Bentley Systems’ latest Infrastructure 500 report flags up the top clients across the globe and as Bentley highlights, much of the $13tr (£8.22tr) annual spend on infrastructure is private.
“It is right to expect that 75% of investment will be private,” he says. “Yet by comparison to the UK, the US stands in the way of private [infrastructure] investment. I wish that we were encouraging PPP in the States as a means to drive growth. Stimulus isn’t going to create it.”
Right now in London Bentley software is at the heart of both the on-going Crossrail project, the largest construction project in Europe, and the Thames Tideway Tunnel, which is in planning and aiming towards a 2013 start date.
Over the last decade and more the original MicroStation platform for infrastructure design and modelling has been supplemented with the ProjectWise platform for infrastructure project team collaboration and work sharing, and theAssetWise platform for infrastructure asset operations.
The latter, explains Bentley, provides a very interesting and potential growth market as client increasingly seek better ways to manage and maintain their infrastructure assets.
New products such as the “Roadworks Online” service delivered within Bentley’s AssetWise platform hope to utilise existing highway data to give the contractors, the public and businesses greater visibility to on-going road works, network disruption and travel times, thereby delivering a better service to the public.
“It is not now simply about what things look like but how they perform,” he says, highlighting that every local authority and central government department now has to demonstrate it is managing its assets effectively. “It’s about working smarter together.”
Similarly the new Intelligent Trench Service - a service set up in collaboration with 3M and PelicanCorp uses simple RFID enabled devices to locate and plot the location of underground services.
Meanwhile, Bentley hopes that its Navigator suite will enable users to really embrace the UK government’s strategic aim to ensure that every public project utilises Building Information Modelling (BIM) by 2015.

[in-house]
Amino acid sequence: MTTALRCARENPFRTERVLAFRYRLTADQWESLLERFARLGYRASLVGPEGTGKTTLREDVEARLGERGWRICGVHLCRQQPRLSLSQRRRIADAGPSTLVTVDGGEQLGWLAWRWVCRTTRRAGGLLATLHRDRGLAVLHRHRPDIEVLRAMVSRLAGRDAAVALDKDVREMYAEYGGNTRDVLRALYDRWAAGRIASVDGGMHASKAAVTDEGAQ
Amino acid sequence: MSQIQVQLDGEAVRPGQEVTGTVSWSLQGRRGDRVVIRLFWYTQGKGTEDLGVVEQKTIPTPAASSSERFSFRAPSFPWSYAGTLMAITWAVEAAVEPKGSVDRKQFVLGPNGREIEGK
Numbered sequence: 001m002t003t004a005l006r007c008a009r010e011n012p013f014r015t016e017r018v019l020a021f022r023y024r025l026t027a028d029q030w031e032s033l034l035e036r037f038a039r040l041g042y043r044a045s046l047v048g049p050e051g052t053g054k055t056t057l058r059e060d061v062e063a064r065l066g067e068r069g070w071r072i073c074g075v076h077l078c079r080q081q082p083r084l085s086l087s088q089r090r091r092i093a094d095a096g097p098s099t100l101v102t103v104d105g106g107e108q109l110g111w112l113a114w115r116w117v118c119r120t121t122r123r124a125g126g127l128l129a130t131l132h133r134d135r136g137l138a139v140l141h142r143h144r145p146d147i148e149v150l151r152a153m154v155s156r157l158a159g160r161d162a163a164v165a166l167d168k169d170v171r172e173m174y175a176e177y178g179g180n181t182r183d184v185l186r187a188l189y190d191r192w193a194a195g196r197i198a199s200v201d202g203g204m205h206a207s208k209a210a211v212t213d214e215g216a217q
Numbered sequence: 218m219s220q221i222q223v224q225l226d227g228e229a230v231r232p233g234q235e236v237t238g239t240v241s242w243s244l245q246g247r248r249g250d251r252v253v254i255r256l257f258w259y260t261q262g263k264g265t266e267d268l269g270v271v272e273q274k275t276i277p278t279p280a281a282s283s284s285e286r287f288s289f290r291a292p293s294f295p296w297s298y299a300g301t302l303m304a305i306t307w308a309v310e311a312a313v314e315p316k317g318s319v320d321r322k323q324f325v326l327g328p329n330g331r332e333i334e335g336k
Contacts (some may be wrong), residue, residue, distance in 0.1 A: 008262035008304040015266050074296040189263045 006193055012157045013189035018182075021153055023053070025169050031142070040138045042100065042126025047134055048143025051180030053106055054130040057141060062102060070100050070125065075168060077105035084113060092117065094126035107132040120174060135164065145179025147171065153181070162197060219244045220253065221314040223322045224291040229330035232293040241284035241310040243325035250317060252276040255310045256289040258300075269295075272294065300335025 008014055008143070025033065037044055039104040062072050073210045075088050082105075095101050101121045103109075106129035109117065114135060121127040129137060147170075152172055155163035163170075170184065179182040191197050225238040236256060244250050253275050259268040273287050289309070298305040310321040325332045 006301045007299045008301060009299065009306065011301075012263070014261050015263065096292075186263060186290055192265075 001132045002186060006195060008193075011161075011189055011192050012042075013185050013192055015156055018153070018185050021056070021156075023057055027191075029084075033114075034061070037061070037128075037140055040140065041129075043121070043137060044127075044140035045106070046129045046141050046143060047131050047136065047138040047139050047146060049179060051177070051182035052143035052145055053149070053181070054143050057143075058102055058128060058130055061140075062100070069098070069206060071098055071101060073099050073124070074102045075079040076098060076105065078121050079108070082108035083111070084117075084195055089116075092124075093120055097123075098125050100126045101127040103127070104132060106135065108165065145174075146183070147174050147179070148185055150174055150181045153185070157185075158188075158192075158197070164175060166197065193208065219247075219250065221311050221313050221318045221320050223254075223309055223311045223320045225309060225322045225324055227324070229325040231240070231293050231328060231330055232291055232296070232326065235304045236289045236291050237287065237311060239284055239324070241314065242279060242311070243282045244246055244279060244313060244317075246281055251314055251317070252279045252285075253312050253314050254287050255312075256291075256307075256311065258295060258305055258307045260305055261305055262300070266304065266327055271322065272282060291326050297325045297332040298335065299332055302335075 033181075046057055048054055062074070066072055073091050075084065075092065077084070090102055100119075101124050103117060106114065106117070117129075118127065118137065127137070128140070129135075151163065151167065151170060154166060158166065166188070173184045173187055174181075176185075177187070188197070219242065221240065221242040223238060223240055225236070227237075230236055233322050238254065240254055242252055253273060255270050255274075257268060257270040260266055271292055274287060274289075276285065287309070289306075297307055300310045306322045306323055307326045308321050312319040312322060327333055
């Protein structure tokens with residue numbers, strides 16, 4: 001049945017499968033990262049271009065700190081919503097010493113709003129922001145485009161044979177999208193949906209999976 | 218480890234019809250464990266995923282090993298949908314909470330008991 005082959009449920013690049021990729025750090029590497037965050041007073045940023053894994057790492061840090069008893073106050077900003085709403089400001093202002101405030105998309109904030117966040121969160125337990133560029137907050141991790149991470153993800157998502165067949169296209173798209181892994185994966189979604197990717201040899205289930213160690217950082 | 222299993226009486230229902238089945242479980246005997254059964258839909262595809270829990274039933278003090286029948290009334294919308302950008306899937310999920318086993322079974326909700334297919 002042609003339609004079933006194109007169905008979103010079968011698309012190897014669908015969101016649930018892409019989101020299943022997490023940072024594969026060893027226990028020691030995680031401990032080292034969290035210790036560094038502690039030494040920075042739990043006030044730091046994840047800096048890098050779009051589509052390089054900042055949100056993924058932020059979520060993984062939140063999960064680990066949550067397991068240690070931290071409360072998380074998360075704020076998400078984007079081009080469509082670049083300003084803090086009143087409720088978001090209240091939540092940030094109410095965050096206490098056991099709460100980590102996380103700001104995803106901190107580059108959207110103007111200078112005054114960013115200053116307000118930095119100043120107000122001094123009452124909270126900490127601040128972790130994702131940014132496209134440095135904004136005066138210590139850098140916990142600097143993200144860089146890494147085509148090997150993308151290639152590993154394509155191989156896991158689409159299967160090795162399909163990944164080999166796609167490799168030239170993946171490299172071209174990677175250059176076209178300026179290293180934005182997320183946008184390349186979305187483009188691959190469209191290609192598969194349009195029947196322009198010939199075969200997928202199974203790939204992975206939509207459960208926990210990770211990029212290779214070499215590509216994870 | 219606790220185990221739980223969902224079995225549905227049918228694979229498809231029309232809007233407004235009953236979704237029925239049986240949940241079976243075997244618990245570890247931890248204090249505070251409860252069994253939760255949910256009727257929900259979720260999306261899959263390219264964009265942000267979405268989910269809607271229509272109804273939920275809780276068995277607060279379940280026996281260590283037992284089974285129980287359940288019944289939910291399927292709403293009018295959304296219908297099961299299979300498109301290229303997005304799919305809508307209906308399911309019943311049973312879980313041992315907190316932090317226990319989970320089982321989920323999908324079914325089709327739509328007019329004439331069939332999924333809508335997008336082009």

“The BIM mandate by UK by 2015 is sensible but it will need collaboration,” he says pointing out that the recently released ProjectWise Business Process Template for BS 1192 is designed specifically to streamline workflows and boost collaboration and reduce project costs.
“The future of BIM is not just about 3D models but about collaborative working because there is never just one model,” he says highlighting the growth of so-called “hyper-models” that co-locate and enable interrogation of numerous different data sets. “It is not hands off for construction but very much hands on using an array of new devices.”
Growth remains on the agenda for Bentley as it attempts to continue to ride the wave of delivering more for less and greater value to clients.
The recent purchase of offshore structure analysis firm SACS should, explains Bentley, gives the firm a great lead into the potentially lucrative offshore wind market underpinning the work that they already do in the fossil fuel power sectors.
However, organic growth remains core to the firm future plans and at the heart of this is the continuation of its policy to invest 20% of revenue back into research and development each year - a policy that has invested $1bn (£633M) in new ideas since 1991.
Greg Bentley’s career
● Founder and CEO: Devon Systems International - a provider of financial trading software.
● 1987: Devon Systems International bought by SunGard Data Systems. Remained as a director until its sale in 2005.
● 1991: Joins his four founding brothers at Bentley Systems, when the company had 35 colleagues.
● Education: Degree in Decision Sciences, University of Pennsylvania, and an MBA in Finance from the Wharton School.